Dash Shaw’s IFC series is now online in four episodes, with extras. Enjoy!
Today’s big DC news story is WAR OF THE SUPERMEN, the big Superman event for 2010 everyone has been speculating over. James Robinson and Eddy Barrow kick things off with a Free Comic Book Day issue.
While surely notable, the announcement of a new crossover storyline has failed to ignite the website-crashing uproar that yesterday’s Earth One, aka “Ultimate DC” announcement did. And now the retailer perspective — via Brian Hibbs and Chris Butcher is coming in. If this were just another reboot, people might be a little interested, but the fact that it’s a GRAPHIC NOVEL LINE reboot is what has people sitting up.
Hibbs — a pamphlet man to the end — runs numbers and concludes that the revenue stream for an OGN series is less than the revenue stream for a periodical-to-collection model. Actually, it’s a little hard to argue with this — it’s the TV-series-to-DVD argument. Both delivery systems work, and make for two separate revenue streams. Yet no one releases long, complicated stories as a series of direct-to-DVDs. They do however release the occasional standalone story.
But on some matters, it seems to us, Hibbs misses the mark:
The bottom line is that customers are much less likely to plunk down for a Big Ticket item than they are for a periodical, which is one of the reasons that the OGN doesn’t, to my mind, make a ton of sense. And while it is possible that the “bookstore reader” will flock to superhero-OGN work… well, I kind of don’t think that will happen… and, even if it does, I have a hardish time picturing them wanting it again and again — because this theoretical 2x a year strategy IS a periodical, just much slower than usual.
Go into a bookstore and you see that book series are an extremely lucrative staple of the publishing world, albeit mostly, these days, for women and YA.
Now, we DON’T KNOW any of the business details of the Earth One books. Are they YA? Are they $9.99? Are they tankoubon? Or are they $30 deluxe packages? If the former, it’s a very, very different publishing model from the latter, and one that is a proven success — just not yet with superheroes.
Butcher comes at it from a slightly different angle, while also pointing out the lack of format information that would make this line’s target much clearer. Butcher offers informed speculation:
It’s pretty clear to me that DC is attempting to develop a continuity-light series of graphic novels featuring their core characters, to introduce new readers to their IP, and re-capture the attention of lapsed readers. They’re phrasing the move in terms that their existing, painfully hardcore readership can understand, like “new continuities”, in the hopes that the Direct Market-shopping fans of their IP will still support this new format, to give them a large non-returnable sales-base with which to expand their mass market sales. (As a refresher, book sales through comic stores are “non-returnable”, and 10,000 non returnable sales (my prediction) is a great base from which to set your print-run and distribute the work to the larger market, which can return unsold books for a full refund (and which sticks publishers with lots of unsold books).)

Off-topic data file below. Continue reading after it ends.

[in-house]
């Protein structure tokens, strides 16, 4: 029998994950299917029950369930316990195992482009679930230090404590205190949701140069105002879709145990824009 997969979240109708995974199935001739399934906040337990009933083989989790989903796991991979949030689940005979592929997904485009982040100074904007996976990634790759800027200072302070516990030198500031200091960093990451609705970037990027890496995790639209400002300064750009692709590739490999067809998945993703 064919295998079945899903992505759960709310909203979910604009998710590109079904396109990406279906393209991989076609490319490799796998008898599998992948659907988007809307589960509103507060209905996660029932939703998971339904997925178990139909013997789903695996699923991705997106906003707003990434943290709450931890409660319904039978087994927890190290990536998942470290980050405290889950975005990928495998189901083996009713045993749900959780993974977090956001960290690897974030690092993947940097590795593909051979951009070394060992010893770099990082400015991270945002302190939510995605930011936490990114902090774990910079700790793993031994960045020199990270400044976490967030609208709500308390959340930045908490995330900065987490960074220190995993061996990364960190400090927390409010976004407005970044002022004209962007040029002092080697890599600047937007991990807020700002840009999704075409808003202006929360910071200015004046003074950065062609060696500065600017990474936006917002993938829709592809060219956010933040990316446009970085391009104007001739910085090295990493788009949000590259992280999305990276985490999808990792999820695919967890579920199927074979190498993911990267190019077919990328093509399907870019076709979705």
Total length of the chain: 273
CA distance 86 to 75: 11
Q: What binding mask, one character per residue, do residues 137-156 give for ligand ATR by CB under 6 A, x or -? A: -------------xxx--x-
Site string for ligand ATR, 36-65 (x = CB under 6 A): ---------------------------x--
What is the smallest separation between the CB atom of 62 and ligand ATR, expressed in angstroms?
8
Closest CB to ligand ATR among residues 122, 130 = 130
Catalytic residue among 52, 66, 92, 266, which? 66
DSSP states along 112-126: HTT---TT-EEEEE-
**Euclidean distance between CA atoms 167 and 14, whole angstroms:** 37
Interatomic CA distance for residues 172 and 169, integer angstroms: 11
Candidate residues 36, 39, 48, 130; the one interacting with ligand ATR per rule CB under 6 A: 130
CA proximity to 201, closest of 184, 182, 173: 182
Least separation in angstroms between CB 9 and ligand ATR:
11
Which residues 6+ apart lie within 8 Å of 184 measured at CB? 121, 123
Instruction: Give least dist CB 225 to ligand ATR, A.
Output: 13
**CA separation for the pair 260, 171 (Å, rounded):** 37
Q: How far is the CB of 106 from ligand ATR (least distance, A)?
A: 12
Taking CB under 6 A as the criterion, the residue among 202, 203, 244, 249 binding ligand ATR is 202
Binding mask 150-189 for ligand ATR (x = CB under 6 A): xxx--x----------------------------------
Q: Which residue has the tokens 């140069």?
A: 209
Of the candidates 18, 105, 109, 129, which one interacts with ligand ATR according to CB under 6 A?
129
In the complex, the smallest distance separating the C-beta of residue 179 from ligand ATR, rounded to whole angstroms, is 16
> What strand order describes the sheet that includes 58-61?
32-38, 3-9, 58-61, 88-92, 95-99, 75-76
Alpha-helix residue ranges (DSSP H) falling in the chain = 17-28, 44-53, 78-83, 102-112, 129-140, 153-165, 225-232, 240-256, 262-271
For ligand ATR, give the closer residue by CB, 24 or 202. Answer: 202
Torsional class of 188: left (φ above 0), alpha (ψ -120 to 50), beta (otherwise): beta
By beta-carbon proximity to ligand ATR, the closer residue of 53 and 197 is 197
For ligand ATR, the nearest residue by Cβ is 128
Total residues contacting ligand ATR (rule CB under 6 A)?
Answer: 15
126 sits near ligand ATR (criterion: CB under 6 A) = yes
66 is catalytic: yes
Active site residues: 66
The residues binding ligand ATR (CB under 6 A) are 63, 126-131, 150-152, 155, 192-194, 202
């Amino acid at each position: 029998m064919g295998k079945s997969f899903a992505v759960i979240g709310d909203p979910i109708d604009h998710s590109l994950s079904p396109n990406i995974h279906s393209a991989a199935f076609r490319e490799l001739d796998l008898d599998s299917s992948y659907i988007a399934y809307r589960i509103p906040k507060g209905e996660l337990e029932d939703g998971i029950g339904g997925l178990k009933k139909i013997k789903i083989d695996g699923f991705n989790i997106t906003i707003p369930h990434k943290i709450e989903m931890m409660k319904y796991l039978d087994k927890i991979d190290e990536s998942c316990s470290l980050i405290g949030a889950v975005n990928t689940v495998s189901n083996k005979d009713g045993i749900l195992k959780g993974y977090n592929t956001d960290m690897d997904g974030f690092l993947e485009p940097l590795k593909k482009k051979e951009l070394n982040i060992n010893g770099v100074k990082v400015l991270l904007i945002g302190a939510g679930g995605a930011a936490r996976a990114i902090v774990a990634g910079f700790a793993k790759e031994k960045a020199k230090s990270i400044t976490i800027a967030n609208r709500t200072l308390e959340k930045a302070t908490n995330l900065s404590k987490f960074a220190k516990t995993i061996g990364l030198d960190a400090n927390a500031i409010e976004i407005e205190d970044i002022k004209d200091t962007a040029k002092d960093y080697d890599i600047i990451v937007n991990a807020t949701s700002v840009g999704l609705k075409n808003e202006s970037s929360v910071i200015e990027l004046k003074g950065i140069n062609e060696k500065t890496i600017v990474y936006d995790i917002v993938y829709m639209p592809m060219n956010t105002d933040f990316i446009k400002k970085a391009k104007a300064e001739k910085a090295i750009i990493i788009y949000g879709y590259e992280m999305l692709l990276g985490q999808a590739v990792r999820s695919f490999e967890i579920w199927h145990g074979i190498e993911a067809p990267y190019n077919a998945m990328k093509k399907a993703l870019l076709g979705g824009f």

Hibbs’ post has a long and lively comment section which interested parties should read.
Bonus: J. Caleb Mozzocco speaks from a reader’s perspective.
It’s been no secret that even as comics have been enjoying better-than-those-around-them economic results in the Great Recession, a few companies have been late with creator payments. Bleeding Cool has been doing the best job of covering these stories, and interviews Devil’s Due head Josh Blaylock on what is a huge debt, blamed on the elephant in the room: bookstore returns.
We’re still dealing with hundreds of thousands of dollars in book store returns that rocked us in late 2008 and into 2009, right in the middle of an already aggressive restructuring. This lasted for almost the entire year, and subsided only a few months ago. Now we’re dealing with debts incurred by the distributor from those returns that are still being passed down to us. To stabilize the business all of these debts had to be set aside, to be paid off over time, while we focus on expenses related to current titles. This will continue for approximately another year by my estimation. Were it not for the returns I believe we would have had a very solid year, but as it is for much of the rest of the world. We showed a loss for 2008 and will as well for 2009, which is the case for many companies right now. Payments will be made to termed-out debts either as publishing profits come in or when there is a cash influx of any other sort that would allow it.